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    Worm, V, Li, X, Jakobsen, M & Peihong, X 2015 'Culture Studies in the Field of International Business Research: A Tale of Two Paradigms' Asia Research Centre. Copenhagen Business School, Frederiksberg.

    Culture Studies in the Field of International Business Research : A Tale of Two Paradigms. / Worm, Verner; Li, Xin; Jakobsen, Michael; Peihong, Xie.

    Frederiksberg : Asia Research Centre. Copenhagen Business School, 2015.

    Publikation: Working paperForskning

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    N2 - Purpose: The purpose of this paper is to describe the status of culture studies within the field of international business research, and to examine how two main paradigms – essentialism and social constructivism – relate to the discourse in this field. We analyze the main points of the two paradigms, and discuss how the relationship between them has evolved. Findings: We show that essentialism and social constructivism have a paradoxical relationship. They seem to be mutually exclusive, yet each offers unique insights into the notion of culture. Both are necessary for a complete understanding of culture, yet they cannot be integrated in any normal sense. We see the relationship between the two paradigms as paradoxical: that is, we see them as ontologically complementary yet epistemologically incommensurable. Taking inspiration from Bohr’s principle of complementarity, we understand the two competing paradigms of culture studies as both necessary and yet as incompatible. Research limitations: Future research should help to improve the conceptual clarity with which the relationship between the two paradigms is portrayed here, thereby enhancing the empirical rigor of the argument we make in this paper. Practical implications: We encourage practitioners to learn how to switch, both sequentially and spatially, between the two paradigms of culture (fundamentally incommensurable though they are). This involves taking a “both/or” approach to the two paradigms. Originality/Value: We show for the first time that Bohr’s complementarity principle is illustrative and useful for understanding the paradoxical relationship between essentialism and social constructivism. Inspired by two principles enunciated by Bohr – that of complementarity and that of classical concepts – we argue that the two competing paradigms are necessary yet 3 incommensurable. We therefore suggest that culture scholars switch between the two paradigms, instead of seeing each as negating the other.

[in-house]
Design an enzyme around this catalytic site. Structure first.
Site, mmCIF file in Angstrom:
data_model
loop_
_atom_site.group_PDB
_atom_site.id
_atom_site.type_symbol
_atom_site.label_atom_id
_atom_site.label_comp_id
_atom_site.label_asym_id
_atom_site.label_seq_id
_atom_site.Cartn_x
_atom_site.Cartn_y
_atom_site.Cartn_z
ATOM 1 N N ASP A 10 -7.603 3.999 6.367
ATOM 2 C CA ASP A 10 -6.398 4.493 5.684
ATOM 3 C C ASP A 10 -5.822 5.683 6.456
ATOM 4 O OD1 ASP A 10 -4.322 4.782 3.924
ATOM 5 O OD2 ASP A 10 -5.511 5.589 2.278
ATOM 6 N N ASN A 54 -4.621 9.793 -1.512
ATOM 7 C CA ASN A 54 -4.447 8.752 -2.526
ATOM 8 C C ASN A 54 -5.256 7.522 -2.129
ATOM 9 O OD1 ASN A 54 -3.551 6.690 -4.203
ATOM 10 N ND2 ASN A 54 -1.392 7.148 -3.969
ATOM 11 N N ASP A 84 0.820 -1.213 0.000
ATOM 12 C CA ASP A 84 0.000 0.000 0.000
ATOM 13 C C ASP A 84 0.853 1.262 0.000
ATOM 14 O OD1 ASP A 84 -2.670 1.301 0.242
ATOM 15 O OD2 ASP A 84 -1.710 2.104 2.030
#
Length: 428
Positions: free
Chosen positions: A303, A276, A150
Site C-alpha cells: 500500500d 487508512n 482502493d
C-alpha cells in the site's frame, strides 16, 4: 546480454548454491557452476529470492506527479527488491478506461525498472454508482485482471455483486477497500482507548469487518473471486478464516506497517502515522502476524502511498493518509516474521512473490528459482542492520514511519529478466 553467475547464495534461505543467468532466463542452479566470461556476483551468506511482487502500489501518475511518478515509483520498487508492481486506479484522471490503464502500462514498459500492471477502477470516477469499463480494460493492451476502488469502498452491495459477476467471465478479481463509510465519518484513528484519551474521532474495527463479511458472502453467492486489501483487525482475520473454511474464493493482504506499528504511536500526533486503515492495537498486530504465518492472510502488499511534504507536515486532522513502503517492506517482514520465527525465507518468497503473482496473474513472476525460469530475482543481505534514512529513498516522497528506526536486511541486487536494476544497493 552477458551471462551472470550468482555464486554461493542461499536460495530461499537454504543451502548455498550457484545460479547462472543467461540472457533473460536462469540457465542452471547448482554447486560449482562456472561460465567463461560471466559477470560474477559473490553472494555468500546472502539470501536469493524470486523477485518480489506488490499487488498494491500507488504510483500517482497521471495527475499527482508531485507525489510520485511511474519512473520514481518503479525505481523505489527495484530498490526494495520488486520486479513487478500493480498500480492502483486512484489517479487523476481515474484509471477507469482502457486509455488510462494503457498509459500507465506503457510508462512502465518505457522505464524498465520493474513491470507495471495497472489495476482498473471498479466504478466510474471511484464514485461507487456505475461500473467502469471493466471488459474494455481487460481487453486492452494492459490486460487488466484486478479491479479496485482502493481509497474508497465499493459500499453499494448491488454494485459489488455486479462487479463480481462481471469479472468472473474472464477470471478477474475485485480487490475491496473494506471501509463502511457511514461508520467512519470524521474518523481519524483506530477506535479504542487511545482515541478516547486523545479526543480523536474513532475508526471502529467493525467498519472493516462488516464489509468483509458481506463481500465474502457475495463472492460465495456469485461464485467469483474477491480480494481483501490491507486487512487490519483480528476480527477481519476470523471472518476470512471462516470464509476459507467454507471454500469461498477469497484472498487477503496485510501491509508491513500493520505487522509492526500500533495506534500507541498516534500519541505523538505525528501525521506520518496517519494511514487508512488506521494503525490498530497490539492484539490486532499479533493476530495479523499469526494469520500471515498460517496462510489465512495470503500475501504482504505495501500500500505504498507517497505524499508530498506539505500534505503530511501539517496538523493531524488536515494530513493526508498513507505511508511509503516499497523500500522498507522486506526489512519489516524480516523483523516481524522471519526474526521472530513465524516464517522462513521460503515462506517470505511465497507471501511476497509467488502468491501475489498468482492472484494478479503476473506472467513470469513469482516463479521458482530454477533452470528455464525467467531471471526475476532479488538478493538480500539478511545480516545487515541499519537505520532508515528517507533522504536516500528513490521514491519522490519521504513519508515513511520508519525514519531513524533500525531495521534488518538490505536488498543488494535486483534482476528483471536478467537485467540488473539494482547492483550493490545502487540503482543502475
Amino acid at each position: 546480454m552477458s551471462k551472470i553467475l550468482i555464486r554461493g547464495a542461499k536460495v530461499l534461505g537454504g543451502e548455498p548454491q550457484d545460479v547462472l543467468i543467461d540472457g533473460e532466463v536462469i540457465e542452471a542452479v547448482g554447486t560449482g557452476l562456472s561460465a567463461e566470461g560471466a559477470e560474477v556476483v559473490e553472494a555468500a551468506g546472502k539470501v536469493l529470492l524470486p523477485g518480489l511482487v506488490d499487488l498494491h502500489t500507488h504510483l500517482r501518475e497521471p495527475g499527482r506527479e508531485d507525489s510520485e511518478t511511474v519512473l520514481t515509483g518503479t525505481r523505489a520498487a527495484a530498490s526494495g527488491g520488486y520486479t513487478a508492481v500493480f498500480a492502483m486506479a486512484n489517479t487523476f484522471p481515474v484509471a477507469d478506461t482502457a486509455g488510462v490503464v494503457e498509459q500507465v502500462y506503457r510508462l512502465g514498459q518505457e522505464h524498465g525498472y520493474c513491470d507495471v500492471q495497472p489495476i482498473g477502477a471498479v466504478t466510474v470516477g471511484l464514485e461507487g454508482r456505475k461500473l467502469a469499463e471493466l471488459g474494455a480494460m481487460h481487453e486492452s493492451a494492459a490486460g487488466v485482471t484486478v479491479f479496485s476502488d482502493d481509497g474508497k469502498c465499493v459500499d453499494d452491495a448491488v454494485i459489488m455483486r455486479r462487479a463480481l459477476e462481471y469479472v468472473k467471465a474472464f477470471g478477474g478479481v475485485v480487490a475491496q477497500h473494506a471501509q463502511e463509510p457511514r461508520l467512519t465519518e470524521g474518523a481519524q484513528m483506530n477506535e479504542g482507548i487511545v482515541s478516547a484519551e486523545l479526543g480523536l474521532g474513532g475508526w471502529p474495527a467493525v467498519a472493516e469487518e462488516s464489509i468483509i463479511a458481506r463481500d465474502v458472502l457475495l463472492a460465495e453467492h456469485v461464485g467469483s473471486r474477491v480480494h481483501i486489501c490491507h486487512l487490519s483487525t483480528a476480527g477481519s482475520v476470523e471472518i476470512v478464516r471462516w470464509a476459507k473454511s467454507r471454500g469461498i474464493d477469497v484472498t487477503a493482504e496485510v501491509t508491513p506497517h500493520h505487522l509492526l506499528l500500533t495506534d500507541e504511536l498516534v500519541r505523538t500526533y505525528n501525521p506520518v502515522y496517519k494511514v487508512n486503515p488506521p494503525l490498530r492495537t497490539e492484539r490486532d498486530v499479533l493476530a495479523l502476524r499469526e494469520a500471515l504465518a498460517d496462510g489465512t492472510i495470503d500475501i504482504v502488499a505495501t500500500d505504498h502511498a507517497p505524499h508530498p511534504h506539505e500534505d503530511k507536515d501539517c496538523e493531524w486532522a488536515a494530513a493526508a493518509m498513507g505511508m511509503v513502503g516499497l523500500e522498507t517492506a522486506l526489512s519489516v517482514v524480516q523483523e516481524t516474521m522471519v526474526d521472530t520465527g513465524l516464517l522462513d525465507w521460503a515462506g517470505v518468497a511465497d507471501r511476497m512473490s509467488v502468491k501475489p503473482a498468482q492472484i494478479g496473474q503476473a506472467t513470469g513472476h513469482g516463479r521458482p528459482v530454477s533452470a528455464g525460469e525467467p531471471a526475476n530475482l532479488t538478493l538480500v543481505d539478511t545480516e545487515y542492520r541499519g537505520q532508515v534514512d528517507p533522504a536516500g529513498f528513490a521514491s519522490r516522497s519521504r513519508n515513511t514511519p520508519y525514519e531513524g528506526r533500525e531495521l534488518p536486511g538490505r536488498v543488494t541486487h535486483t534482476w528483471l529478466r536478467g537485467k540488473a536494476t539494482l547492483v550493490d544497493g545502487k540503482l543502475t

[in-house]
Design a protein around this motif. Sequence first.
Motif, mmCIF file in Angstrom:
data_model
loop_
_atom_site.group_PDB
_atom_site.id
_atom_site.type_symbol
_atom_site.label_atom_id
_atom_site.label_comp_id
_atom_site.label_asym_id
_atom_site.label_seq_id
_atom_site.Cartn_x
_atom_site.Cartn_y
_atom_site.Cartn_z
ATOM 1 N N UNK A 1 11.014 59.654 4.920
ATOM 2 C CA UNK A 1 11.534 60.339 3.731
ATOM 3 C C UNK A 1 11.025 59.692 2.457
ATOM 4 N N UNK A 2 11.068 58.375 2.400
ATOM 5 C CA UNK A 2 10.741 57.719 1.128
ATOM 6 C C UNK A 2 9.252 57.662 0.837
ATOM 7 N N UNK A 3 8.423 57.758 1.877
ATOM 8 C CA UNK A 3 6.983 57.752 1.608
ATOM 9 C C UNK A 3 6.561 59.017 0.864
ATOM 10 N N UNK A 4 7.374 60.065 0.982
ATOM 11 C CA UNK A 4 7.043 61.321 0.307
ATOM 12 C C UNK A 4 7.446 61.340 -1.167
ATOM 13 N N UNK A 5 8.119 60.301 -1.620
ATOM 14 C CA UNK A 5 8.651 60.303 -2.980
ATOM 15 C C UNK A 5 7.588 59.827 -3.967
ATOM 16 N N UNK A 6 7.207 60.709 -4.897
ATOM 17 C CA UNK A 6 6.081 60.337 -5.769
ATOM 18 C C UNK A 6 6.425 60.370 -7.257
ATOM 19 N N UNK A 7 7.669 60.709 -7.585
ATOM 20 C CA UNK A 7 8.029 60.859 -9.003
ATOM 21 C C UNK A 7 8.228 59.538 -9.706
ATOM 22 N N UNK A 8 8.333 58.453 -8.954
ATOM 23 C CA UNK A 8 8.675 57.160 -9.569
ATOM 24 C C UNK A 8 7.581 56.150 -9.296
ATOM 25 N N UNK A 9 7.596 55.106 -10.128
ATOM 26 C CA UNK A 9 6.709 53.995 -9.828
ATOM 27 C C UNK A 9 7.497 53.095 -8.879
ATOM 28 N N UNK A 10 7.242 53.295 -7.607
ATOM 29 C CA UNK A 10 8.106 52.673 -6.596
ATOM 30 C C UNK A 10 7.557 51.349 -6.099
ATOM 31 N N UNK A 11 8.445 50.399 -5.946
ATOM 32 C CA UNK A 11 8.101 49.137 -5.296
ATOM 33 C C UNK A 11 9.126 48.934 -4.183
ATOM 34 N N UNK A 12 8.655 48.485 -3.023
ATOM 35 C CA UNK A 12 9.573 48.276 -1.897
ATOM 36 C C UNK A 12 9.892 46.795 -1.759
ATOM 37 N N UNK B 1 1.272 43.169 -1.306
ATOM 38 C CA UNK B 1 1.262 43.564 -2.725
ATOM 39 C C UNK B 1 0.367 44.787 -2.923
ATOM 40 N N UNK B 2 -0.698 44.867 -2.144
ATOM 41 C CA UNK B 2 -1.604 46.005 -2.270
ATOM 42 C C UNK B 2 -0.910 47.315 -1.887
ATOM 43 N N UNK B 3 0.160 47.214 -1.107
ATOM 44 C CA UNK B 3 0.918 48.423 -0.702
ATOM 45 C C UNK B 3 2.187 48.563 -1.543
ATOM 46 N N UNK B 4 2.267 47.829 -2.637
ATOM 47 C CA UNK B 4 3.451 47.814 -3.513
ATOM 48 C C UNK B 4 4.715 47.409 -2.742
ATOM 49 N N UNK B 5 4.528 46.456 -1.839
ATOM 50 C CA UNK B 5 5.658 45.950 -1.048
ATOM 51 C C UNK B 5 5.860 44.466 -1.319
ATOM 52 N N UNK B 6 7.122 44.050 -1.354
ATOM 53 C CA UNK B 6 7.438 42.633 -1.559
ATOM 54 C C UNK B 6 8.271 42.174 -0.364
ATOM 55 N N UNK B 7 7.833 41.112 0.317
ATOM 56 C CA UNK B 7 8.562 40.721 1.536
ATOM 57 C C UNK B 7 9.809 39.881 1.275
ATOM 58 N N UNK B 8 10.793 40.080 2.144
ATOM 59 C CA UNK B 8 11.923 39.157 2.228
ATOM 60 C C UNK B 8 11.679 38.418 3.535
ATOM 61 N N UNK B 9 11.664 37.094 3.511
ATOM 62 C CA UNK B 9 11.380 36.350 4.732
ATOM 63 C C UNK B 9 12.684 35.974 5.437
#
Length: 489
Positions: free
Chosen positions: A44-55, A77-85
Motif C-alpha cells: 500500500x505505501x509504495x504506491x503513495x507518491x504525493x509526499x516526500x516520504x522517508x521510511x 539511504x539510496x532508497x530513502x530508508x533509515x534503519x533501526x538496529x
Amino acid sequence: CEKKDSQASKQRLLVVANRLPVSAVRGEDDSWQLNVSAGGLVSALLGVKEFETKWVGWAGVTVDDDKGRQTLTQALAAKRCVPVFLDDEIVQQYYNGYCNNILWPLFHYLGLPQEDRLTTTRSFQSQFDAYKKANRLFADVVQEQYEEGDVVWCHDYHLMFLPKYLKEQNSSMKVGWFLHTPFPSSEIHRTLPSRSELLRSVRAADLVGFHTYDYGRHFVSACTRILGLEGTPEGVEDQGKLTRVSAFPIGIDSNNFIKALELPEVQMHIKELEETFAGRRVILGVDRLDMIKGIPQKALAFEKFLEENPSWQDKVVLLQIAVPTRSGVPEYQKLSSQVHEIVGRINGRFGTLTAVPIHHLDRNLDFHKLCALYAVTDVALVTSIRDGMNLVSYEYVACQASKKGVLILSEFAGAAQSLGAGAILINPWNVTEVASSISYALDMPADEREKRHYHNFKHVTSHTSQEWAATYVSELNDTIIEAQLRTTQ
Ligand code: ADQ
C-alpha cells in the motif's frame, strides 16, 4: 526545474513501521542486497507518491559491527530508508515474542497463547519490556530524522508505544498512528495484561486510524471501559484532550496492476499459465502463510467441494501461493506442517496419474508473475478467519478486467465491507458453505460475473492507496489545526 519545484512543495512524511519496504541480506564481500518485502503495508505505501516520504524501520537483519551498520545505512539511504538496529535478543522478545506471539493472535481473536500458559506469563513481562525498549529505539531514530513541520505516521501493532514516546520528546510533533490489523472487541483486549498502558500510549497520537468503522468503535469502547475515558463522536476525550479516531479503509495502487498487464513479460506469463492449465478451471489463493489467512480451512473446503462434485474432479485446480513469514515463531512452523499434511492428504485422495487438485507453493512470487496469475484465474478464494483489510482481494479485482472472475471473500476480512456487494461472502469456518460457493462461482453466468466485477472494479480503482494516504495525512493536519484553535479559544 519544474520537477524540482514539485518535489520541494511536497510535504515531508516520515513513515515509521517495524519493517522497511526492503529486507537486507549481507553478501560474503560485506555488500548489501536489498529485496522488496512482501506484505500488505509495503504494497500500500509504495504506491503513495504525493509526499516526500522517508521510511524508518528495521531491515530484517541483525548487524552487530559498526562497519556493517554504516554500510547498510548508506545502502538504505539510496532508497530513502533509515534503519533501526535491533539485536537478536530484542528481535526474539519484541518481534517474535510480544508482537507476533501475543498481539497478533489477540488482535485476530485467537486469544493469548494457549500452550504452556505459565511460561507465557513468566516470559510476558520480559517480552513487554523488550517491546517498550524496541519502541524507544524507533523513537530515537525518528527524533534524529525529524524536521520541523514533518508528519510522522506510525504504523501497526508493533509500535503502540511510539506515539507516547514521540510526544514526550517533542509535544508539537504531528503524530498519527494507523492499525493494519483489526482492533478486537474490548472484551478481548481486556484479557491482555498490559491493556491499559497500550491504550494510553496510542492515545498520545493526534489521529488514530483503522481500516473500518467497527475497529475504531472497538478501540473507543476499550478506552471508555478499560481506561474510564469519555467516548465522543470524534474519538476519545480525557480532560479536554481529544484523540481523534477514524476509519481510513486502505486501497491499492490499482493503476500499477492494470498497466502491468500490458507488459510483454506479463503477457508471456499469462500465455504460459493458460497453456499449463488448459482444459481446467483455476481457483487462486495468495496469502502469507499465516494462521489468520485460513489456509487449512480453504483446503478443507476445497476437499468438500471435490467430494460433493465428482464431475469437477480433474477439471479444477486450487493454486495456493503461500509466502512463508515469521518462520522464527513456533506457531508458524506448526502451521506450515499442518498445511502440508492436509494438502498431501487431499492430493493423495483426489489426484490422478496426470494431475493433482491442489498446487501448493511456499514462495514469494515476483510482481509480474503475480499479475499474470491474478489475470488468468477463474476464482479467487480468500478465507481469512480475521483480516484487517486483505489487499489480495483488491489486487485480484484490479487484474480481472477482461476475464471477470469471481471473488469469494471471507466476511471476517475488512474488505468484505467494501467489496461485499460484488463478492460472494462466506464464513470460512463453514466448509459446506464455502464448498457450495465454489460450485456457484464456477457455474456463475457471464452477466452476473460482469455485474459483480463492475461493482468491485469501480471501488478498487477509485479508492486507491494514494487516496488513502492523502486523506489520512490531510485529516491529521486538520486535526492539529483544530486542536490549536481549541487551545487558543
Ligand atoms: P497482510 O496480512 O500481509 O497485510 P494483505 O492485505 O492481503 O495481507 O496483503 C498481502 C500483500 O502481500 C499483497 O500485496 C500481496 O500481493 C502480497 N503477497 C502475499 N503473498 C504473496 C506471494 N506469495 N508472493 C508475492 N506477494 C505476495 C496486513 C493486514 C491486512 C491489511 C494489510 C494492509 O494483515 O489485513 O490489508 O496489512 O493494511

AB - Purpose: The purpose of this paper is to describe the status of culture studies within the field of international business research, and to examine how two main paradigms – essentialism and social constructivism – relate to the discourse in this field. We analyze the main points of the two paradigms, and discuss how the relationship between them has evolved. Findings: We show that essentialism and social constructivism have a paradoxical relationship. They seem to be mutually exclusive, yet each offers unique insights into the notion of culture. Both are necessary for a complete understanding of culture, yet they cannot be integrated in any normal sense. We see the relationship between the two paradigms as paradoxical: that is, we see them as ontologically complementary yet epistemologically incommensurable. Taking inspiration from Bohr’s principle of complementarity, we understand the two competing paradigms of culture studies as both necessary and yet as incompatible. Research limitations: Future research should help to improve the conceptual clarity with which the relationship between the two paradigms is portrayed here, thereby enhancing the empirical rigor of the argument we make in this paper. Practical implications: We encourage practitioners to learn how to switch, both sequentially and spatially, between the two paradigms of culture (fundamentally incommensurable though they are). This involves taking a “both/or” approach to the two paradigms. Originality/Value: We show for the first time that Bohr’s complementarity principle is illustrative and useful for understanding the paradoxical relationship between essentialism and social constructivism. Inspired by two principles enunciated by Bohr – that of complementarity and that of classical concepts – we argue that the two competing paradigms are necessary yet 3 incommensurable. We therefore suggest that culture scholars switch between the two paradigms, instead of seeing each as negating the other.

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    Worm V, Li X, Jakobsen M, Peihong X. Culture Studies in the Field of International Business Research: A Tale of Two Paradigms. Frederiksberg: Asia Research Centre. Copenhagen Business School. 2015.